In 2021, undocumented immigrants made up about 1% of all Pennsylvania college students.

At Pennsylvania’s state-related universities, policies determining in-state tuition qualifications are generally prohibitive. Pitt states that refugees, asylees, green card holders and those with an approved I-140 or I-130 may be eligible. Temple University considers non-citizens generally ineligible. Lincoln University assumes non-citizens without immigrant visas are ineligible but allows them to refute that classification “with clear and convincing evidence.”

Penn State’s website states the university will consider undocumented immigrants eligible if they meet certain residency requirements, which include attending a Pennsylvania high school for four years. But spokesperson Lisa Powers indicated in a statement such cases are a rarity.

“Non-citizens are classified as international students,” Powers wrote. “The University’s policy is to offer in-state tuition solely to Pennsylvania residents who meet the extensive Pennsylvania residency requirements. While there are a limited number of instances where students without visas might be eligible for Pennsylvania resident tuition, these cases are exceptions rather than the rule.”

The university charged out-of-state students $38,651 in the 2022-23 academic year, without financial aid, while in-state students were charged $19,835.

A blue jay is pictured in a gold frame.
Fernanda’s fifth grade drawing of a blue jay, photographed at her home on Dec. 14, in Pittsburgh. The bird has become an aspirational image for her own life as she strives for the freedom from the constraints of her immigration status that the bird symbolizes to her. (Photo by Stephanie Strasburg/PublicSource)

Fernanda applied to Penn State after first being granted Deferred Action for Childhood Arrivals [DACA], a federal program offering protections to qualifying undocumented residents. The university intended to charge her out-of-state tuition, but she was able to receive the in-state discount after she and her father provided an admissions official with documents proving her residency.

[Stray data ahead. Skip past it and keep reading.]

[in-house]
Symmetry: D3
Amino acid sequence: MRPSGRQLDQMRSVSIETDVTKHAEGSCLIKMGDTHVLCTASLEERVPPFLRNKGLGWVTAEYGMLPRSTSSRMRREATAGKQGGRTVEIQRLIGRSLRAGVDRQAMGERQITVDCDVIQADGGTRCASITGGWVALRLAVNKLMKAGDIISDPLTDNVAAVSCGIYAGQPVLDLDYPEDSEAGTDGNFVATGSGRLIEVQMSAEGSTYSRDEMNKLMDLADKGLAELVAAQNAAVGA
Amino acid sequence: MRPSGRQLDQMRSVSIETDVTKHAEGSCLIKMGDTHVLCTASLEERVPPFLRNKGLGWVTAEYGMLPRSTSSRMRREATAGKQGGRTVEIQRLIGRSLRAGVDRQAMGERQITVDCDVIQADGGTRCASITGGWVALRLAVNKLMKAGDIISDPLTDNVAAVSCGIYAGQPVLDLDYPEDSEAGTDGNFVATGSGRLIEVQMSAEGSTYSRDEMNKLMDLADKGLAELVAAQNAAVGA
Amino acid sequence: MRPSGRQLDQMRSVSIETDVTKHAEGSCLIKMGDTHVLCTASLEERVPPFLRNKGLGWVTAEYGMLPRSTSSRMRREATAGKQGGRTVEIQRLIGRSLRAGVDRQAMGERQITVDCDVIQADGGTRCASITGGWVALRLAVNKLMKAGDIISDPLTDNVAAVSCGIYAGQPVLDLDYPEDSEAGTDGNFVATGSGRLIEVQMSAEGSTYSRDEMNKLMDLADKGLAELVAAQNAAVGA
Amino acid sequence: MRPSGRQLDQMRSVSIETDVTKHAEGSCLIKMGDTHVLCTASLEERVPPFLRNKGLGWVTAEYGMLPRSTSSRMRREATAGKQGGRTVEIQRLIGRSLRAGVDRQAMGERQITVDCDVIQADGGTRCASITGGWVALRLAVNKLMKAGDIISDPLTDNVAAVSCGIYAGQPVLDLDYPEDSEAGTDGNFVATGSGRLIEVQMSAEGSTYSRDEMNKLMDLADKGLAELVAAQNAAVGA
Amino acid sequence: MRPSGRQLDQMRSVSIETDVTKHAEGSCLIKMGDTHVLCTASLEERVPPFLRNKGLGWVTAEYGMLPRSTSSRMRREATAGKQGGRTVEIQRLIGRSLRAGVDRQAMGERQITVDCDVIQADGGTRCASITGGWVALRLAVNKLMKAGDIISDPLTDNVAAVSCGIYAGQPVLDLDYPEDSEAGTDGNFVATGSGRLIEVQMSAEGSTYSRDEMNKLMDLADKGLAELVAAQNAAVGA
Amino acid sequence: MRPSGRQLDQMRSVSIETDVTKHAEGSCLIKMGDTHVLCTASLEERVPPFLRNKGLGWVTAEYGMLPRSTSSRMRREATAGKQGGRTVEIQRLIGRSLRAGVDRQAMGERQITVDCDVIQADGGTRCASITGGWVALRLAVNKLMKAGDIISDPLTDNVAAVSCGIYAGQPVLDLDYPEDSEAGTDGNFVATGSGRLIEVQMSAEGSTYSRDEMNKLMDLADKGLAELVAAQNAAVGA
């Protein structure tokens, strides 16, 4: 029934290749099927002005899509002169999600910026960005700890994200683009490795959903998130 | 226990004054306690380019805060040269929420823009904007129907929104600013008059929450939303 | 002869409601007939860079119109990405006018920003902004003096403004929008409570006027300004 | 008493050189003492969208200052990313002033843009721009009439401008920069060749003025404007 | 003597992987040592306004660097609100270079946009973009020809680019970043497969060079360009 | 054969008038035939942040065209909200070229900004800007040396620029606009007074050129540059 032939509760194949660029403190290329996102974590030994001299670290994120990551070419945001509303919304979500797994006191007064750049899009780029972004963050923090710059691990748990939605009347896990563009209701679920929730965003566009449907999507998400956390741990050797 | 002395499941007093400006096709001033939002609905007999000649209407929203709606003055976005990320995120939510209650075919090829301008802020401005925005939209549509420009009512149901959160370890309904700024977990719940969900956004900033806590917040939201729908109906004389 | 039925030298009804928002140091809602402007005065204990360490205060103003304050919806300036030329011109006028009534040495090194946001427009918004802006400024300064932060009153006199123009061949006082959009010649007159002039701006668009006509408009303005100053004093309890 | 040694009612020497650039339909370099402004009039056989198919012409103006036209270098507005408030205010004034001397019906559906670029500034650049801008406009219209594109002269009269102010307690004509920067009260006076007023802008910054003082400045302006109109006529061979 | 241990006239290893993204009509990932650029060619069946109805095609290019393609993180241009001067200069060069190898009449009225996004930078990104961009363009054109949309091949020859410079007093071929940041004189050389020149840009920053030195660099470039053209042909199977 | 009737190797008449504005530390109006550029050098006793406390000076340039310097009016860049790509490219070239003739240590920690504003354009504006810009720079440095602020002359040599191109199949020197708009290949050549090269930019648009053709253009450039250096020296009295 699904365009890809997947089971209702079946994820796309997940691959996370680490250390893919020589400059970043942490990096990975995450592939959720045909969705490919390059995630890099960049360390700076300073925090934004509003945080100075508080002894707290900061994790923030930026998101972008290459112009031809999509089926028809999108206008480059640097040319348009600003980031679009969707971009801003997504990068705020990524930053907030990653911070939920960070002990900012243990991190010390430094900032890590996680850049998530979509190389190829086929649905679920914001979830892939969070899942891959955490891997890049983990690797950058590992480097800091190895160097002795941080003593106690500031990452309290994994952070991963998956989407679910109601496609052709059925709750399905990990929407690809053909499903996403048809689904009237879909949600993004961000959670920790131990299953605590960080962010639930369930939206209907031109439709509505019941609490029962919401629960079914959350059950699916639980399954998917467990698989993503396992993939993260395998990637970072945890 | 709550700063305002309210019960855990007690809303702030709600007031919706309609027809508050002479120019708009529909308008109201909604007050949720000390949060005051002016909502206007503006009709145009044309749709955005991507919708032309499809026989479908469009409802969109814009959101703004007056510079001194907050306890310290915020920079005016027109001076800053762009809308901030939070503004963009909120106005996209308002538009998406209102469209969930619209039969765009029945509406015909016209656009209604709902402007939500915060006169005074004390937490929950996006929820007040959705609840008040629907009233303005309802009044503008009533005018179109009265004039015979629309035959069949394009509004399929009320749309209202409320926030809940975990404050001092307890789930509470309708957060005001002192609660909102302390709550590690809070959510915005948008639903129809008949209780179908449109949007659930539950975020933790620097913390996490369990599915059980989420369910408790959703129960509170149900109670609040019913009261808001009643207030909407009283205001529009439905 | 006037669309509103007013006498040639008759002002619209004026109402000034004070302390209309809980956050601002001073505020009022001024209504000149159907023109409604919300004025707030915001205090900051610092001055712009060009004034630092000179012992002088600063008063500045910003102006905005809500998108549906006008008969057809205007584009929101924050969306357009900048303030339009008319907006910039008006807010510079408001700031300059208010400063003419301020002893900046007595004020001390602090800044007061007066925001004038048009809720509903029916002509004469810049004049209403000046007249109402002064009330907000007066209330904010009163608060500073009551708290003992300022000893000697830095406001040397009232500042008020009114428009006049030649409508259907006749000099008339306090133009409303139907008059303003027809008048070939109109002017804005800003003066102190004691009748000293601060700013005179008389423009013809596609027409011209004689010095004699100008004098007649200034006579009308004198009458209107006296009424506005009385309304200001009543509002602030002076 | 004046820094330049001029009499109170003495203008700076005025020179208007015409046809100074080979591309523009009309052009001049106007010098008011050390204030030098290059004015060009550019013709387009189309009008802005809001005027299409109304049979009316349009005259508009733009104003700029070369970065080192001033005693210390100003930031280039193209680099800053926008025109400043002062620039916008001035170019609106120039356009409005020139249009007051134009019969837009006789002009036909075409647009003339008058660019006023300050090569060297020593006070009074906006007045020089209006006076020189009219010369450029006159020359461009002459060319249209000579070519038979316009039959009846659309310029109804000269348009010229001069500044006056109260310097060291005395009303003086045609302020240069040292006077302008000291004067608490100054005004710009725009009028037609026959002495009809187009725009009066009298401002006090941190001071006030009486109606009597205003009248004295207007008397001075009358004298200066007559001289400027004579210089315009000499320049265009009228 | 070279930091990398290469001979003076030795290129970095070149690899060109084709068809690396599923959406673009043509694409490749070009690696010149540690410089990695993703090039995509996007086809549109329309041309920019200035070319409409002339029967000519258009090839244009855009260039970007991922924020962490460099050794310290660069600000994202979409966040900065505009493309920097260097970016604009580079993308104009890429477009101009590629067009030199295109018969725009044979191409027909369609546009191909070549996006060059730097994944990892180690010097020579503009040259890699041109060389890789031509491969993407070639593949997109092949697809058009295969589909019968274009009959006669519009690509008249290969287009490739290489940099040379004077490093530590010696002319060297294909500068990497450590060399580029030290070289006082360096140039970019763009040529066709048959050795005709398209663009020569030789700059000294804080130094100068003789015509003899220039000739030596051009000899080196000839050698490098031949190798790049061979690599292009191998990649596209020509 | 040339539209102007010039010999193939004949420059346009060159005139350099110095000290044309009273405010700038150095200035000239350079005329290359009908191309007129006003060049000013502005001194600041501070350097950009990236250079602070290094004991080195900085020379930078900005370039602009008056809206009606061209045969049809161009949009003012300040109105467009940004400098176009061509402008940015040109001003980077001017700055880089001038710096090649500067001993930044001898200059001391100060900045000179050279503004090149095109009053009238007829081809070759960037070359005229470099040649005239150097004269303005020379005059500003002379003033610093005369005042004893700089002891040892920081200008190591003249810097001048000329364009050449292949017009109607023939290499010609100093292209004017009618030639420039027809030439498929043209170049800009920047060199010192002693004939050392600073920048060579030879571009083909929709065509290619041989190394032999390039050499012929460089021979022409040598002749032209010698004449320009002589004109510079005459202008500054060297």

The sticker price for in-state students at Penn State’s main campus was $18,828 during the 2017-18 academic year, Fernanda’s senior year. She received a few small scholarships from the university and graduated a semester early, she said, but needed to borrow for the vast majority of the cost. 

“I was just so young and naive, and my parents didn’t know anything, either, that we were just like, ‘OK, well, we’ll just get a loan,’” Fernanda said. “So, I signed with Sallie Mae and got huge interest, a huge loan for that first year of college, and had to do that every year.”

Despite the cost, Fernanda said her years in college were some of her best. She majored in international relations and Spanish, with a minor in Latin American history. Learning about those subjects was a “gift,” she said, as her high school hadn’t exposed her to them. She also enjoyed her classes in anthropology, philosophy and psychology. 

She got involved in student organizations, too, serving as president of the university’s UNICEF chapter and secretary of a club focused on women in politics. Her roles showed her “what it means to be an active citizen and participant and what it means to be an advocate for those who are marginalized,” she said. 

Progress stalls in Harrisburg

In April, a bill that would definitively allow eligible undocumented immigrants to receive in-state tuition at public institutions was referred to the House Education Committee, which Schweyer, a Democrat, now chairs. The bill — like a similar proposal introduced during the prior legislative session — has not received a vote. 

And in February, state Sen. Judith Schwank, D-Berks County, and other elected officials introduced a similar bill. The legislation was co-sponsored by Democratic senators Jay Costa, Wayne Fontana and Lindsey Williams, who represent Allegheny County. The bill was referred to the Republican-led Senate Education Committee, where it has sat without a vote. 

Republican control of the legislature and a lack of bipartisan support – influenced by the anti-immigrant rhetoric that has pervaded national politics in recent years – have prevented progress, Schweyer and Schwank told PublicSource. Republicans, who tend to support more aggressive responses to illegal immigration, controlled the House from 2010 to 2022 and currently control the Senate. 

“This incredibly dehumanizing rhetoric and policy that’s all over the United States – Pennsylvania’s not immune to that. But it’s really only coming from one side of the aisle, and it ain’t coming from my side,” Schweyer said. 

But Rep. Jesse Topper, the Republican chair of the House Education Committee, said he would be “perfectly fine” with a university choosing to offer in-state tuition to undocumented immigrants – he doesn’t believe the state should mandate it. “I believe that they’re in the best position to make that decision,” he said.